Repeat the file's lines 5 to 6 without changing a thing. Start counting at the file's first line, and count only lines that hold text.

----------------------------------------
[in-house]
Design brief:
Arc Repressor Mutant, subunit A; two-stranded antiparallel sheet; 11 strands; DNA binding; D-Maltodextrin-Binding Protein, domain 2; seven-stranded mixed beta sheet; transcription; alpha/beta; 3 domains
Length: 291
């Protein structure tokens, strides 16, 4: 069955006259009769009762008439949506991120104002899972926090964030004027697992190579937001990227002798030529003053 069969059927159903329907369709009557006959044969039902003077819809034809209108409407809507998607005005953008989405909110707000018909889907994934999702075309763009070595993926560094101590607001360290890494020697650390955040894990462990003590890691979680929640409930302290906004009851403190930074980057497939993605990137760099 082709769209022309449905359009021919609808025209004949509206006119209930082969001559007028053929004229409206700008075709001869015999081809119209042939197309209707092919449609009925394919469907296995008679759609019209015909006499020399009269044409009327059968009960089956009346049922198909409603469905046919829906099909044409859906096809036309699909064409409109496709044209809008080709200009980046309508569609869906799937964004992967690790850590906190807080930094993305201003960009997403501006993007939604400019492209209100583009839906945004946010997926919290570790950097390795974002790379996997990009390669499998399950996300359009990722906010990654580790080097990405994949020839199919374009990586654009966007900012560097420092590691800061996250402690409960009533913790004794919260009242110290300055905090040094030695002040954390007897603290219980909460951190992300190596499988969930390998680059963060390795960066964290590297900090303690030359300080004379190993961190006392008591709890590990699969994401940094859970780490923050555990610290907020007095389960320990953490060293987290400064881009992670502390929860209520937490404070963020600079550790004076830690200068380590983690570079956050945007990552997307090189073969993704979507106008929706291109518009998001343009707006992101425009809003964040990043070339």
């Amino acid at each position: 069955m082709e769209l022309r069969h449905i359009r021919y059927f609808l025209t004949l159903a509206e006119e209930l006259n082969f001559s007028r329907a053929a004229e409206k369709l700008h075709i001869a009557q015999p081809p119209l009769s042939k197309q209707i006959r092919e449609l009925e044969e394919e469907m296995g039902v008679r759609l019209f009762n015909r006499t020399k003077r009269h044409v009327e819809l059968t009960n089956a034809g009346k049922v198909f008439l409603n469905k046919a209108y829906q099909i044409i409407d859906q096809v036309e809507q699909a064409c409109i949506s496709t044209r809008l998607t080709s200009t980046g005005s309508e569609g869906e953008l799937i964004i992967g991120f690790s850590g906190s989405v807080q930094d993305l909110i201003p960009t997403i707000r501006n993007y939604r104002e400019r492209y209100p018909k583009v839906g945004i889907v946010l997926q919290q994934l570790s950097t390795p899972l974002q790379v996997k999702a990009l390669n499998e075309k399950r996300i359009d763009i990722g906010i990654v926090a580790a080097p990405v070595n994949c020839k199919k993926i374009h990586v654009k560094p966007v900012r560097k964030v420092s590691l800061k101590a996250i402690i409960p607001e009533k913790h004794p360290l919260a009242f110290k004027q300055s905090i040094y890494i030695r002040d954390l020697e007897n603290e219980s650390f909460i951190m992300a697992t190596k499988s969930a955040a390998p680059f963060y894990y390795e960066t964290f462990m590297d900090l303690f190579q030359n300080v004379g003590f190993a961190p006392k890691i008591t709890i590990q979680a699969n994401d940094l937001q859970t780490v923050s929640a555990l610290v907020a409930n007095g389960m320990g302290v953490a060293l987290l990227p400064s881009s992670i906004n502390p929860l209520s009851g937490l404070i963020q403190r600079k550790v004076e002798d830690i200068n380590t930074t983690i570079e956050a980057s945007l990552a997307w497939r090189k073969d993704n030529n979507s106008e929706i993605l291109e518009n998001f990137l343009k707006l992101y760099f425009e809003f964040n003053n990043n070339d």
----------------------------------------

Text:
């Protein structure tokens, strides 16, 4: 069955006259009769009762008439949506991120104002899972926090964030004027697992190579937001990227002798030529003053 069969059927159903329907369709009557006959044969039902003077819809034809209108409407809507998607005005953008989405909110707000018909889907994934999702075309763009070595993926560094101590607001360290890494020697650390955040894990462990003590890691979680929640409930302290906004009851403190930074980057497939993605990137760099 082709769209022309449905359009021919609808025209004949509206006119209930082969001559007028053929004229409206700008075709001869015999081809119209042939197309209707092919449609009925394919469907296995008679759609019209015909006499020399009269044409009327059968009960089956009346049922198909409603469905046919829906099909044409859906096809036309699909064409409109496709044209809008080709200009980046309508569609869906799937964004992967690790850590906190807080930094993305201003960009997403501006993007939604400019492209209100583009839906945004946010997926919290570790950097390795974002790379996997990009390669499998399950996300359009990722906010990654580790080097990405994949020839199919374009990586654009966007900012560097420092590691800061996250402690409960009533913790004794919260009242110290300055905090040094030695002040954390007897603290219980909460951190992300190596499988969930390998680059963060390795960066964290590297900090303690030359300080004379190993961190006392008591709890590990699969994401940094859970780490923050555990610290907020007095389960320990953490060293987290400064881009992670502390929860209520937490404070963020600079550790004076830690200068380590983690570079956050945007990552997307090189073969993704979507106008929706291109518009998001343009707006992101425009809003964040990043070339």
């Amino acid at each position: 069955m082709e769209l022309r069969h449905i359009r021919y059927f609808l025209t004949l159903a509206e006119e209930l006259n082969f001559s007028r329907a053929a004229e409206k369709l700008h075709i001869a009557q015999p081809p119209l009769s042939k197309q209707i006959r092919e449609l009925e044969e394919e469907m296995g039902v008679r759609l019209f009762n015909r006499t020399k003077r009269h044409v009327e819809l059968t009960n089956a034809g009346k049922v198909f008439l409603n469905k046919a209108y829906q099909i044409i409407d859906q096809v036309e809507q699909a064409c409109i949506s496709t044209r809008l998607t080709s200009t980046g005005s309508e569609g869906e953008l799937i964004i992967g991120f690790s850590g906190s989405v807080q930094d993305l909110i201003p960009t997403i707000r501006n993007y939604r104002e400019r492209y209100p018909k583009v839906g945004i889907v946010l997926q919290q994934l570790s950097t390795p899972l974002q790379v996997k999702a990009l390669n499998e075309k399950r996300i359009d763009i990722g906010i990654v926090a580790a080097p990405v070595n994949c020839k199919k993926i374009h990586v654009k560094p966007v900012r560097k964030v420092s590691l800061k101590a996250i402690i409960p607001e009533k913790h004794p360290l919260a009242f110290k004027q300055s905090i040094y890494i030695r002040d954390l020697e007897n603290e219980s650390f909460i951190m992300a697992t190596k499988s969930a955040a390998p680059f963060y894990y390795e960066t964290f462990m590297d900090l303690f190579q030359n300080v004379g003590f190993a961190p006392k890691i008591t709890i590990q979680a699969n994401d940094l937001q859970t780490v923050s929640a555990l610290v907020a409930n007095g389960m320990g302290v953490a060293l987290l990227p400064s881009s992670i906004n502390p929860l209520s009851g937490l404070i963020q403190r600079k550790v004076e002798d830690i200068n380590t930074t983690i570079e956050a980057s945007l990552a997307w497939r090189k073969d993704n030529n979507s106008e929706i993605l291109e518009n998001f990137l343009k707006l992101y760099f425009e809003f964040n003053n990043n070339d």